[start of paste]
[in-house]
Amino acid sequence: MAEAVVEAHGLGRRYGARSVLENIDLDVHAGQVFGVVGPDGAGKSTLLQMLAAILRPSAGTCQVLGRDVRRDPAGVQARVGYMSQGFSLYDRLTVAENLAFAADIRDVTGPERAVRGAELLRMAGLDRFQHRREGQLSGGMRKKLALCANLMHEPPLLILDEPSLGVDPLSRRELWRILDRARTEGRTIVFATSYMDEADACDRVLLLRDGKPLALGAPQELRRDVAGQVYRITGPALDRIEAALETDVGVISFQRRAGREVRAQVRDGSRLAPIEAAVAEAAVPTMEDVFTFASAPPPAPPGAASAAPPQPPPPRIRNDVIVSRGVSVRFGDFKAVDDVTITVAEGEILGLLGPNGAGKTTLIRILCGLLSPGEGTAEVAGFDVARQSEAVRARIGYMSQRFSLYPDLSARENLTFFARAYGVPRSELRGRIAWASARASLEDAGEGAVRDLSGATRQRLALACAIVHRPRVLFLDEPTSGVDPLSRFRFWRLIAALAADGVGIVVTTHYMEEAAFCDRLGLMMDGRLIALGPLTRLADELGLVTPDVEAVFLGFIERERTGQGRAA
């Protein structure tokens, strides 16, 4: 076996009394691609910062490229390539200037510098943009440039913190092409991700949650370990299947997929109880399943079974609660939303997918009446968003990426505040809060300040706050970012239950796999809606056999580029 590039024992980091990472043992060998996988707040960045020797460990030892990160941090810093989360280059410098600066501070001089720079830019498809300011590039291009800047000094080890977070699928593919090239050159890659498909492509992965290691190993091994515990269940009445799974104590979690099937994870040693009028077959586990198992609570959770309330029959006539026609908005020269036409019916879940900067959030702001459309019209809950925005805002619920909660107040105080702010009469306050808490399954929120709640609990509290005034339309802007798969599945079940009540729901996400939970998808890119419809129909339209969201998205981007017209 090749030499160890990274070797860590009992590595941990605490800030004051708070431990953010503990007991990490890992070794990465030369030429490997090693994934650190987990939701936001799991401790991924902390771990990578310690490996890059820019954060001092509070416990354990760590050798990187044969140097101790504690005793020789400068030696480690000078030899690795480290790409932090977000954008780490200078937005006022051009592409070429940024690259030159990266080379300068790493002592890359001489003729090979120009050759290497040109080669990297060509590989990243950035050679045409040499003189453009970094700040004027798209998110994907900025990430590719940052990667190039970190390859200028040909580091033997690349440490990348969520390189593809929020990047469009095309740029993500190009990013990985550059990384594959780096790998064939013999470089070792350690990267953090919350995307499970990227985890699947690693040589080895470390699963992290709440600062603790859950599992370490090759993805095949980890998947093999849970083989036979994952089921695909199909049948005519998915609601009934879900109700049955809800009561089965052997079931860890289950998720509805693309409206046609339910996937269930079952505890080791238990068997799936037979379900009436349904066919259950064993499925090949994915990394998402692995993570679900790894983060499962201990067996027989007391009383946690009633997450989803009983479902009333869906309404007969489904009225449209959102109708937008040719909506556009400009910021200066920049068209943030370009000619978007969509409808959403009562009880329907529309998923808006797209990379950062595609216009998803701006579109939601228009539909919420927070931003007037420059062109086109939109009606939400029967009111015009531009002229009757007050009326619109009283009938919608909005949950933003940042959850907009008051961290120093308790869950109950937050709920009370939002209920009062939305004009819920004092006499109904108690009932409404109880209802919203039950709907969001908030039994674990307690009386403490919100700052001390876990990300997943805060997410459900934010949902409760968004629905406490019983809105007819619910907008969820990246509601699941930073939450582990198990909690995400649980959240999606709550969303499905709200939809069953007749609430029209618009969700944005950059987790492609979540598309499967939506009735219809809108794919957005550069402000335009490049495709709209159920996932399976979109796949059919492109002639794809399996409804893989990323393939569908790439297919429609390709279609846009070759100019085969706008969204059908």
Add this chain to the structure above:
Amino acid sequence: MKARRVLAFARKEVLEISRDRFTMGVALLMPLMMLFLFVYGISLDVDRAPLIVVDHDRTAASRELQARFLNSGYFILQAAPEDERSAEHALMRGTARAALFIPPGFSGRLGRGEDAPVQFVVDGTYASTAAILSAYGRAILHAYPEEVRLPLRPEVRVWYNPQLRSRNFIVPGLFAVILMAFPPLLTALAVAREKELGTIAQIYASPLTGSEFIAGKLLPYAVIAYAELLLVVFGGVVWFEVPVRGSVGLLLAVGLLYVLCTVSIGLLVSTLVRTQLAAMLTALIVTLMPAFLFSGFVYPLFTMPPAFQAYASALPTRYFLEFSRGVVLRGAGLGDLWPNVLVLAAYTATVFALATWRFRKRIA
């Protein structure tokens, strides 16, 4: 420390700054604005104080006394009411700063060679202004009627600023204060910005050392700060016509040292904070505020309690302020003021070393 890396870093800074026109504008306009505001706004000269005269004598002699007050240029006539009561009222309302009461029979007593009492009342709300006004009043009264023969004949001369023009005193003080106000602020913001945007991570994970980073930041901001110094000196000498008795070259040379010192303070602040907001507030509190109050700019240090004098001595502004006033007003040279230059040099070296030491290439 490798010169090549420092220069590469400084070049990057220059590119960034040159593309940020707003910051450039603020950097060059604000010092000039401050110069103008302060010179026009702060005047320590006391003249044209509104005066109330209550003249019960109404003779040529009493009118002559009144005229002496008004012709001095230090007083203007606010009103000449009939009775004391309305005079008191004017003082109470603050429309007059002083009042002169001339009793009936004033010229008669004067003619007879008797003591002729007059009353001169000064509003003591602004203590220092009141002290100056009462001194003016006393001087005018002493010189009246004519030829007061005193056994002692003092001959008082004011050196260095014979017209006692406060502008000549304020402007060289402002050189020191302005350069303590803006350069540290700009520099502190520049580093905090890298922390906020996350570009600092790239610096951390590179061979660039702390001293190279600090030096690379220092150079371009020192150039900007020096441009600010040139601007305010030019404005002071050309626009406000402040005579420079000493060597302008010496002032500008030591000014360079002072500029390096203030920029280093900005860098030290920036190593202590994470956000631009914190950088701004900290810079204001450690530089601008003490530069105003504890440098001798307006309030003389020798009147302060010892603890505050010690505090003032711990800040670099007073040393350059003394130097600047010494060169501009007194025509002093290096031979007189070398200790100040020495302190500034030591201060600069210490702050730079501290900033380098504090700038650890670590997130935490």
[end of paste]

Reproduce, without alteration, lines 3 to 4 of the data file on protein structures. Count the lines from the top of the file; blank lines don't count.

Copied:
């Protein structure tokens, strides 16, 4: 076996009394691609910062490229390539200037510098943009440039913190092409991700949650370990299947997929109880399943079974609660939303997918009446968003990426505040809060300040706050970012239950796999809606056999580029 590039024992980091990472043992060998996988707040960045020797460990030892990160941090810093989360280059410098600066501070001089720079830019498809300011590039291009800047000094080890977070699928593919090239050159890659498909492509992965290691190993091994515990269940009445799974104590979690099937994870040693009028077959586990198992609570959770309330029959006539026609908005020269036409019916879940900067959030702001459309019209809950925005805002619920909660107040105080702010009469306050808490399954929120709640609990509290005034339309802007798969599945079940009540729901996400939970998808890119419809129909339209969201998205981007017209 090749030499160890990274070797860590009992590595941990605490800030004051708070431990953010503990007991990490890992070794990465030369030429490997090693994934650190987990939701936001799991401790991924902390771990990578310690490996890059820019954060001092509070416990354990760590050798990187044969140097101790504690005793020789400068030696480690000078030899690795480290790409932090977000954008780490200078937005006022051009592409070429940024690259030159990266080379300068790493002592890359001489003729090979120009050759290497040109080669990297060509590989990243950035050679045409040499003189453009970094700040004027798209998110994907900025990430590719940052990667190039970190390859200028040909580091033997690349440490990348969520390189593809929020990047469009095309740029993500190009990013990985550059990384594959780096790998064939013999470089070792350690990267953090919350995307499970990227985890699947690693040589080895470390699963992290709440600062603790859950599992370490090759993805095949980890998947093999849970083989036979994952089921695909199909049948005519998915609601009934879900109700049955809800009561089965052997079931860890289950998720509805693309409206046609339910996937269930079952505890080791238990068997799936037979379900009436349904066919259950064993499925090949994915990394998402692995993570679900790894983060499962201990067996027989007391009383946690009633997450989803009983479902009333869906309404007969489904009225449209959102109708937008040719909506556009400009910021200066920049068209943030370009000619978007969509409808959403009562009880329907529309998923808006797209990379950062595609216009998803701006579109939601228009539909919420927070931003007037420059062109086109939109009606939400029967009111015009531009002229009757007050009326619109009283009938919608909005949950933003940042959850907009008051961290120093308790869950109950937050709920009370939002209920009062939305004009819920004092006499109904108690009932409404109880209802919203039950709907969001908030039994674990307690009386403490919100700052001390876990990300997943805060997410459900934010949902409760968004629905406490019983809105007819619910907008969820990246509601699941930073939450582990198990909690995400649980959240999606709550969303499905709200939809069953007749609430029209618009969700944005950059987790492609979540598309499967939506009735219809809108794919957005550069402000335009490049495709709209159920996932399976979109796949059919492109002639794809399996409804893989990323393939569908790439297919429609390709279609846009070759100019085969706008969204059908």
Add this chain to the structure above: